The present study describes the case of a Caucasian 61-year-old female patient, weighing 67 kg; she had a clinical history of hypertension, asthma, a previous episode of leishmaniasis, a previous cerebral stroke, and thyroid cancer treated with a total thyroidectomy; at the time of admission, she was in treatment with levothyroxine. There was no history of autoimmune diseases or anaemia.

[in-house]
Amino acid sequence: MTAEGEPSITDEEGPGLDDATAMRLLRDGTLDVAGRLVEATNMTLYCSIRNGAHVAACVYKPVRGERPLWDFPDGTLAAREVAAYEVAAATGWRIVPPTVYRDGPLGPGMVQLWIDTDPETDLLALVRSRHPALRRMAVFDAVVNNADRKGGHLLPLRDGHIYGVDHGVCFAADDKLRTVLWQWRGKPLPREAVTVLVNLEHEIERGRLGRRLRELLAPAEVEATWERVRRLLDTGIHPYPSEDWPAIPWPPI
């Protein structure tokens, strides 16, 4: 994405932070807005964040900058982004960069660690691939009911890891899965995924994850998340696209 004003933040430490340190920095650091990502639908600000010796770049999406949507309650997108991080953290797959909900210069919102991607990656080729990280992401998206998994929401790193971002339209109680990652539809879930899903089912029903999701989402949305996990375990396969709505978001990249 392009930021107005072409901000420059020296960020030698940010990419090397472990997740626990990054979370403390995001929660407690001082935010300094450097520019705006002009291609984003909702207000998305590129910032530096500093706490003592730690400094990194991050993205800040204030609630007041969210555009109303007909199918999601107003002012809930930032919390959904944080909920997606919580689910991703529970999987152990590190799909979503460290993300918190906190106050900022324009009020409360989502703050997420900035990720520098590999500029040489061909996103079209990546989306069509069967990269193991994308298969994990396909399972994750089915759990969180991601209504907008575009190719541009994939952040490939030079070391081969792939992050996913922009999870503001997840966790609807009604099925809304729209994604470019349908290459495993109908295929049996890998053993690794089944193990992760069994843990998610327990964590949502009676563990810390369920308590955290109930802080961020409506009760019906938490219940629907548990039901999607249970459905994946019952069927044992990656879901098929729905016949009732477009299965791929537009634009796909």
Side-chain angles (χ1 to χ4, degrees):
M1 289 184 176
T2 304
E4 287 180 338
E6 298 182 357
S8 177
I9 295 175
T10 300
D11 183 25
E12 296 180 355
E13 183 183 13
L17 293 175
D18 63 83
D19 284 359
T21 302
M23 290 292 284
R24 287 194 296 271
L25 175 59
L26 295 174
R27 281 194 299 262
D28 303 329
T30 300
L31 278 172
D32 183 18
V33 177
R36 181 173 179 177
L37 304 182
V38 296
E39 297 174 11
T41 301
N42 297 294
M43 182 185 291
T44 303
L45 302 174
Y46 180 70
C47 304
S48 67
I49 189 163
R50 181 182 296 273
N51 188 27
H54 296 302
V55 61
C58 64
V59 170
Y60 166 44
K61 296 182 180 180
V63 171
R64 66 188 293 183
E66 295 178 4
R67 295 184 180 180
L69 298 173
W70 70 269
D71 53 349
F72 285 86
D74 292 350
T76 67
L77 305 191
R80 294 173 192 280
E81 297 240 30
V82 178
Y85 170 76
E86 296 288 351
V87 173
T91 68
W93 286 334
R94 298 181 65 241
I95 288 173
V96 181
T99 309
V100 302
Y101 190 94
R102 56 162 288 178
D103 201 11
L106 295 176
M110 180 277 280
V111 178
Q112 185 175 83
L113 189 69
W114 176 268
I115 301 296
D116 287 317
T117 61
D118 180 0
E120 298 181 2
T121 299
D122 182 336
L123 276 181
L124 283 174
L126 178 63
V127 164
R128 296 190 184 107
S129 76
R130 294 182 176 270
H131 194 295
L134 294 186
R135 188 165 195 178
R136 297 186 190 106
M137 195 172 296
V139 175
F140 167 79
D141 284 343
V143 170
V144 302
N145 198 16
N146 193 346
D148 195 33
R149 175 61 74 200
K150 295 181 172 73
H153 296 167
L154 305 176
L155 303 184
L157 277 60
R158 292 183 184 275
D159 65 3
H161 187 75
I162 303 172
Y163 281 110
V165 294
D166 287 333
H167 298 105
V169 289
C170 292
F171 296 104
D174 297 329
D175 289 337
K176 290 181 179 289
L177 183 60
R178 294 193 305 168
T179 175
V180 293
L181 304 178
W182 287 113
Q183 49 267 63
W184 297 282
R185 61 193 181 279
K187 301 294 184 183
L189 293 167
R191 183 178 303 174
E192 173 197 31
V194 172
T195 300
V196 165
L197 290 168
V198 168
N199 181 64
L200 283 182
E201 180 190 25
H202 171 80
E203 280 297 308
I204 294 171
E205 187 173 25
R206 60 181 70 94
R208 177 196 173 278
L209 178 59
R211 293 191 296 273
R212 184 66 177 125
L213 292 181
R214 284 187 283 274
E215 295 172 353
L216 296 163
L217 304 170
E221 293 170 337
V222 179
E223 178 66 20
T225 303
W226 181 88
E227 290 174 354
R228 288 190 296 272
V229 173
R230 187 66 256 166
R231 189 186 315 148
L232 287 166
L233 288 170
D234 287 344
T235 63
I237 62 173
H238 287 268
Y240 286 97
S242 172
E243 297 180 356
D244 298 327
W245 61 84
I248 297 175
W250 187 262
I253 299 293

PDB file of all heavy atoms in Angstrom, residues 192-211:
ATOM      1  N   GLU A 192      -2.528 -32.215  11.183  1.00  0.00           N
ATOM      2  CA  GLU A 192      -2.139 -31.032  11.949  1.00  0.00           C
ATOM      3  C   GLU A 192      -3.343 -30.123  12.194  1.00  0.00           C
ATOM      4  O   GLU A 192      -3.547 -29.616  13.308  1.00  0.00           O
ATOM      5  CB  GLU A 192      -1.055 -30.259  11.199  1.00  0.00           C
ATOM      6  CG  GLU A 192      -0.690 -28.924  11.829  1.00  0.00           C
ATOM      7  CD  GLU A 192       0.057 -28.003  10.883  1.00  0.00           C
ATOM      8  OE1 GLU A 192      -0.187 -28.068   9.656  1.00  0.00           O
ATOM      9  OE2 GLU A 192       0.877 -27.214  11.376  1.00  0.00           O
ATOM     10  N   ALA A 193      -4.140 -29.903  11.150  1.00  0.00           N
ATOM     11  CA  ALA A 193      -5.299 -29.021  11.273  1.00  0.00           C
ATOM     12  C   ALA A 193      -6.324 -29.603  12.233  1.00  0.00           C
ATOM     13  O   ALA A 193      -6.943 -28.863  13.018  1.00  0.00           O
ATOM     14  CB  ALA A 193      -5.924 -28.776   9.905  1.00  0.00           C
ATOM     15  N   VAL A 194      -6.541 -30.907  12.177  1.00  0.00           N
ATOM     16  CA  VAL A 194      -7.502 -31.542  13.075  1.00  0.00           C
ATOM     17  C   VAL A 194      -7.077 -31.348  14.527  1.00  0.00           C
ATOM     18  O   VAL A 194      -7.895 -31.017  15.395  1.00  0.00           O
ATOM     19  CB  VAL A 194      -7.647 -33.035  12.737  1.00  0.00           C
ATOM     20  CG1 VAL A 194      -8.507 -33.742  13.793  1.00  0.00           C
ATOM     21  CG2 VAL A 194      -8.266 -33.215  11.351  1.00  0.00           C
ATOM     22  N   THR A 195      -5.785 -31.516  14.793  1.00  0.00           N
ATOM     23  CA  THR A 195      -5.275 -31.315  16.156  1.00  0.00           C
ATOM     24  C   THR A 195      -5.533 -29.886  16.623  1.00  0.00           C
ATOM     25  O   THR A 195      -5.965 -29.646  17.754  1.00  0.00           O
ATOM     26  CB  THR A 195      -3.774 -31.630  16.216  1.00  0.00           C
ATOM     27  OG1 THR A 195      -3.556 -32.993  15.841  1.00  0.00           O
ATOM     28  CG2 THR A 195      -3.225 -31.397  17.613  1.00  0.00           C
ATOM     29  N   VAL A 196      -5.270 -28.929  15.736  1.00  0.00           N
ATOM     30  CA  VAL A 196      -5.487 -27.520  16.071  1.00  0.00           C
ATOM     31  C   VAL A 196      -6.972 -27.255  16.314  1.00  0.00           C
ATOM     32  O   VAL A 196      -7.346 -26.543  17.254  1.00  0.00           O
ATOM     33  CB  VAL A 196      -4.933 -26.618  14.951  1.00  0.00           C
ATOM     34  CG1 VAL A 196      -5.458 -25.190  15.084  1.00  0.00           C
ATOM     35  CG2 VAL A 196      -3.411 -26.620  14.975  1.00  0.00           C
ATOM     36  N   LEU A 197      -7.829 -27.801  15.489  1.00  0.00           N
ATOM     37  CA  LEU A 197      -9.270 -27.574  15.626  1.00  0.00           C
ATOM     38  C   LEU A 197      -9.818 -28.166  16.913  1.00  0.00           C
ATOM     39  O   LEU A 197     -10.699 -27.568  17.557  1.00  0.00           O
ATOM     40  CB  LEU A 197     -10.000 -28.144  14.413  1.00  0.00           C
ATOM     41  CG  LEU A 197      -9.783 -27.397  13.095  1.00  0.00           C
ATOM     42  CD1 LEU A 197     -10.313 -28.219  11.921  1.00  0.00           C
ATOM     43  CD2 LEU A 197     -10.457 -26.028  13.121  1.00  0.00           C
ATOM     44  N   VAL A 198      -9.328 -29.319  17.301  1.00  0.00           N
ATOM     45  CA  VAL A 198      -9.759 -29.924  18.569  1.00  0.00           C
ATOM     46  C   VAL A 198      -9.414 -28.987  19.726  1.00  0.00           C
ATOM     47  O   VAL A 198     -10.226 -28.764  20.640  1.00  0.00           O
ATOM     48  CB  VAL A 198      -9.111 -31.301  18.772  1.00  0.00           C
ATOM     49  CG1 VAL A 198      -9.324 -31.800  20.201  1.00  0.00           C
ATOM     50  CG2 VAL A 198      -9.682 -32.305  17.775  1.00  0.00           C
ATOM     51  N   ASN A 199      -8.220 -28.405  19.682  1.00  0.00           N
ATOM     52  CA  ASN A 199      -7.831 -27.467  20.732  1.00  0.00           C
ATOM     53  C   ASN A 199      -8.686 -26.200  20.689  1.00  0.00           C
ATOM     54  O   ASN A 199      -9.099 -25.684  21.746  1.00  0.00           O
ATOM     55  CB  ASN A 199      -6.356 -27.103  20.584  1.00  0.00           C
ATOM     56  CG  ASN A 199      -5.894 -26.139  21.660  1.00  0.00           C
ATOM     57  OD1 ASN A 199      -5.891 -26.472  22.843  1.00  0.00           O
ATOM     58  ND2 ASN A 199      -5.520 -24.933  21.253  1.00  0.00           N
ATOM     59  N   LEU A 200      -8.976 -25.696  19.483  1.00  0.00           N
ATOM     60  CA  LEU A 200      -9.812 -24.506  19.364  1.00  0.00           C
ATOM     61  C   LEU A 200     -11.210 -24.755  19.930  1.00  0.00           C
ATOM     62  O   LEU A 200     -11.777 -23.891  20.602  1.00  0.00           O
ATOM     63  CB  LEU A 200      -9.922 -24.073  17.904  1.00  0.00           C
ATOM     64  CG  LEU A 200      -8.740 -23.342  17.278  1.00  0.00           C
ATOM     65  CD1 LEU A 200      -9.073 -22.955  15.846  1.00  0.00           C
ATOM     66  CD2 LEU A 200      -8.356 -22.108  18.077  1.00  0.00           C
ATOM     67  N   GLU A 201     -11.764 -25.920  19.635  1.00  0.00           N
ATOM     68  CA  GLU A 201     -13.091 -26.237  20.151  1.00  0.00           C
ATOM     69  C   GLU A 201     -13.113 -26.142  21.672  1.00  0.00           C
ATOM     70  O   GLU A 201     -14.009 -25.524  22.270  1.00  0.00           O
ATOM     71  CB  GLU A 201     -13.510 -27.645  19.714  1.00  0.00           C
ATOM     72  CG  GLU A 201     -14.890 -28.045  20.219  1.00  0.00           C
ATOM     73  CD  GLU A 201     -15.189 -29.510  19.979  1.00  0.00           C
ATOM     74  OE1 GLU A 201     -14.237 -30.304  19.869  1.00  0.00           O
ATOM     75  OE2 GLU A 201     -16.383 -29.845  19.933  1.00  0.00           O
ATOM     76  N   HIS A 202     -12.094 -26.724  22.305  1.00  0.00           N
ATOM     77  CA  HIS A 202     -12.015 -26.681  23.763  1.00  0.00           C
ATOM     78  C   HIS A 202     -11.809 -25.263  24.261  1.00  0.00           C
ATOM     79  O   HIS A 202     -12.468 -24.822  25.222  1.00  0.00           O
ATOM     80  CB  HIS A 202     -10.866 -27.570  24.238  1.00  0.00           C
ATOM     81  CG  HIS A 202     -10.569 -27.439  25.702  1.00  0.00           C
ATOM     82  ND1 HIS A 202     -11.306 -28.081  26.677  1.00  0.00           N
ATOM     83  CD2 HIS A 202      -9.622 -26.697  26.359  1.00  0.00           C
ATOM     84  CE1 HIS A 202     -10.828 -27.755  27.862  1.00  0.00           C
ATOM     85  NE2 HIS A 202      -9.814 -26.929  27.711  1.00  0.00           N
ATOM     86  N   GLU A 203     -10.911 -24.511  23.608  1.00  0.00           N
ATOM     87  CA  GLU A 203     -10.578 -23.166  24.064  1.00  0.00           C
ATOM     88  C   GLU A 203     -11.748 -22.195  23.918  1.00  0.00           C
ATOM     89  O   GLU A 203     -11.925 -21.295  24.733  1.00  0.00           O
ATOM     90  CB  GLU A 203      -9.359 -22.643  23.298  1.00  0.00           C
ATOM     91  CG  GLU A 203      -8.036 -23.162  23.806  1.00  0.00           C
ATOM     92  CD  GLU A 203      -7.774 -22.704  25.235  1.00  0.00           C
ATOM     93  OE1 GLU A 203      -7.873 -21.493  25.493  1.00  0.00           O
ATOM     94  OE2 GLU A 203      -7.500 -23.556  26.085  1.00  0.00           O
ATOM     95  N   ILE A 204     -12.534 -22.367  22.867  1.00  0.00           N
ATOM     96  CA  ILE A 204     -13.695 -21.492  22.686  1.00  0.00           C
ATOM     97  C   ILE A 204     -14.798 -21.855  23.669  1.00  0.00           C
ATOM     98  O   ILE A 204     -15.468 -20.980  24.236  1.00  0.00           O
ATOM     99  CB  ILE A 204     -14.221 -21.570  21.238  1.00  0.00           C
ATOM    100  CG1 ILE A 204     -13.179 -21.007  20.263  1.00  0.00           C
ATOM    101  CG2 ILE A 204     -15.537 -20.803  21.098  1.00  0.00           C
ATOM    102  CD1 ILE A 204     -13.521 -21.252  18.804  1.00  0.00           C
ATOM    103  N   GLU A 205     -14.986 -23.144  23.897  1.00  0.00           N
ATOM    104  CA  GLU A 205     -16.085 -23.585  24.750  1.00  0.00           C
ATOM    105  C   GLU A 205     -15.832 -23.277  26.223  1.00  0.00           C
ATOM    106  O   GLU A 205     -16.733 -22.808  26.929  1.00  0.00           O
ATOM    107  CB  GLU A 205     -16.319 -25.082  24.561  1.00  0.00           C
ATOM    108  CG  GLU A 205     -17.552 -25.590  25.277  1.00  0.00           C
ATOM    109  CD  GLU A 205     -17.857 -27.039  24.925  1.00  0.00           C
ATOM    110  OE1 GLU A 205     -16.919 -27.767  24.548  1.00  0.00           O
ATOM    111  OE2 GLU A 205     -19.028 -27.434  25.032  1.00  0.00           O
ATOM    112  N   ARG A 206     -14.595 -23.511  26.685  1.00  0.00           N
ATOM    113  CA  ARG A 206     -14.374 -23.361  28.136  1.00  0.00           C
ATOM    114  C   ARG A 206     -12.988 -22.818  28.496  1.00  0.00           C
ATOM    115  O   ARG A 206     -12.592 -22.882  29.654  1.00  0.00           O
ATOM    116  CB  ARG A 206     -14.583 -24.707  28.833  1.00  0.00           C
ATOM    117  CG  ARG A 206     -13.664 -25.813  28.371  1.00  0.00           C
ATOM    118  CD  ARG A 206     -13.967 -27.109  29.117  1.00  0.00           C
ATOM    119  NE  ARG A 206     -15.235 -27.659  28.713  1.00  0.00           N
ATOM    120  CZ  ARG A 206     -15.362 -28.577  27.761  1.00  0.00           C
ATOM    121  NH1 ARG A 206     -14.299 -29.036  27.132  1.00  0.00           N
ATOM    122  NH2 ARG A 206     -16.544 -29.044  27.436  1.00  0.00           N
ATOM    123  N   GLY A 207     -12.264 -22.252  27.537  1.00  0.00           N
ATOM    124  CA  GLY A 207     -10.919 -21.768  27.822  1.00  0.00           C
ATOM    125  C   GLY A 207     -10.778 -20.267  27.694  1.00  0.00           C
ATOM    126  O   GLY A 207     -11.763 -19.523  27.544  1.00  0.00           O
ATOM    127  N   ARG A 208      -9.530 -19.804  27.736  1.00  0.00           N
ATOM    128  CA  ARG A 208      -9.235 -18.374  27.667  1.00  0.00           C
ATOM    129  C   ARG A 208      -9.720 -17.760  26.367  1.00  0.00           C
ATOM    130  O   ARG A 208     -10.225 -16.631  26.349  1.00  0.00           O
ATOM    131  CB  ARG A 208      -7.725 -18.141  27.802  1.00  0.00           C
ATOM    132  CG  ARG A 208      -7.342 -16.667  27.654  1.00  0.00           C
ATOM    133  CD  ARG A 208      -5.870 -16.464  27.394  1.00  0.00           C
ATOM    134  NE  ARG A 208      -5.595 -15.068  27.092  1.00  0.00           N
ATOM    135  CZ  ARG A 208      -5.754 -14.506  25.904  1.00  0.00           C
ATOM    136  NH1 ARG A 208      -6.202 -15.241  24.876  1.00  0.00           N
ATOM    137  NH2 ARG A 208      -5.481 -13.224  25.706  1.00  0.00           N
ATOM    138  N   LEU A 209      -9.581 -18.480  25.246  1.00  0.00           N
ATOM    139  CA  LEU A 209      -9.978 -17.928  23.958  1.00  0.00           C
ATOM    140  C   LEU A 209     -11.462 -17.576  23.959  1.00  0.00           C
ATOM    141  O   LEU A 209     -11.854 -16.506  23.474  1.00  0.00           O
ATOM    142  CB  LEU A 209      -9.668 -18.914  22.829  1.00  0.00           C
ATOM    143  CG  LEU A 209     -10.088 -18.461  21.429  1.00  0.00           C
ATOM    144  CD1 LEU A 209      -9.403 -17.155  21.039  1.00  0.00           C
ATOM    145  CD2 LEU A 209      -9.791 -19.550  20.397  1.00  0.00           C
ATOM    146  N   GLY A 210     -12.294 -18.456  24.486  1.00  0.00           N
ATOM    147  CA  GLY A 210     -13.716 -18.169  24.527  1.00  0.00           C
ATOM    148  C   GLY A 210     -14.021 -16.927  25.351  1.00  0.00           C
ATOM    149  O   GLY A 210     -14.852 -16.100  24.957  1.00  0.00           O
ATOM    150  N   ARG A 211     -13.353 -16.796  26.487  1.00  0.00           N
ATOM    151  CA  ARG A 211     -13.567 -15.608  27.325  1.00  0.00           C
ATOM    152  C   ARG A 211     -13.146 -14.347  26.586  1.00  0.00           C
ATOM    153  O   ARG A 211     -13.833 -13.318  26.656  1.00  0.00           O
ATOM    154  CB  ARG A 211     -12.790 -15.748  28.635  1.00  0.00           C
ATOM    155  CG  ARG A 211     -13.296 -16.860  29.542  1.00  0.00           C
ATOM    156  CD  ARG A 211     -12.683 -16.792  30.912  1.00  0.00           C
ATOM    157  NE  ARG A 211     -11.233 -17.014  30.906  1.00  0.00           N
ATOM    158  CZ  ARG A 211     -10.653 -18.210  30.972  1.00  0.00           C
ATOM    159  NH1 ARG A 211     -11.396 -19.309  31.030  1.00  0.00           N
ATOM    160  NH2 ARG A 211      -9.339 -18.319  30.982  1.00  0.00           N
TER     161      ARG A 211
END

Symptoms, such as coughing and throat ache commenced in late November, 2020, 1 month prior to hospitalisation; therefore, she began therapy with levofloxacin and betamethasone. At 1 week after the onset of the first symptoms, her coughing and throat ache disappeared; however, she tested positive to two nasopharyngeal swabs (via RT-PCR) for SARS-CoV-2. After 3 weeks, she presented with jaundice and fatigue, which led the patient to visit the ‘Gaetano Martino’ Hospital in Messina, Italy, on December 30, 2020. Blood tests revealed severe anaemia with haemoglobin (Hb) levels of 5.3 g/dl. The patient was admitted to the Infectious Disease Unit in ‘Gaetano Martino’ Hospital, after another nose-pharyngeal swab tested positive for SARS-CoV-2. Chest X-rays revealed basal bilateral parenchymal thickening and apical micronodules in the right lung.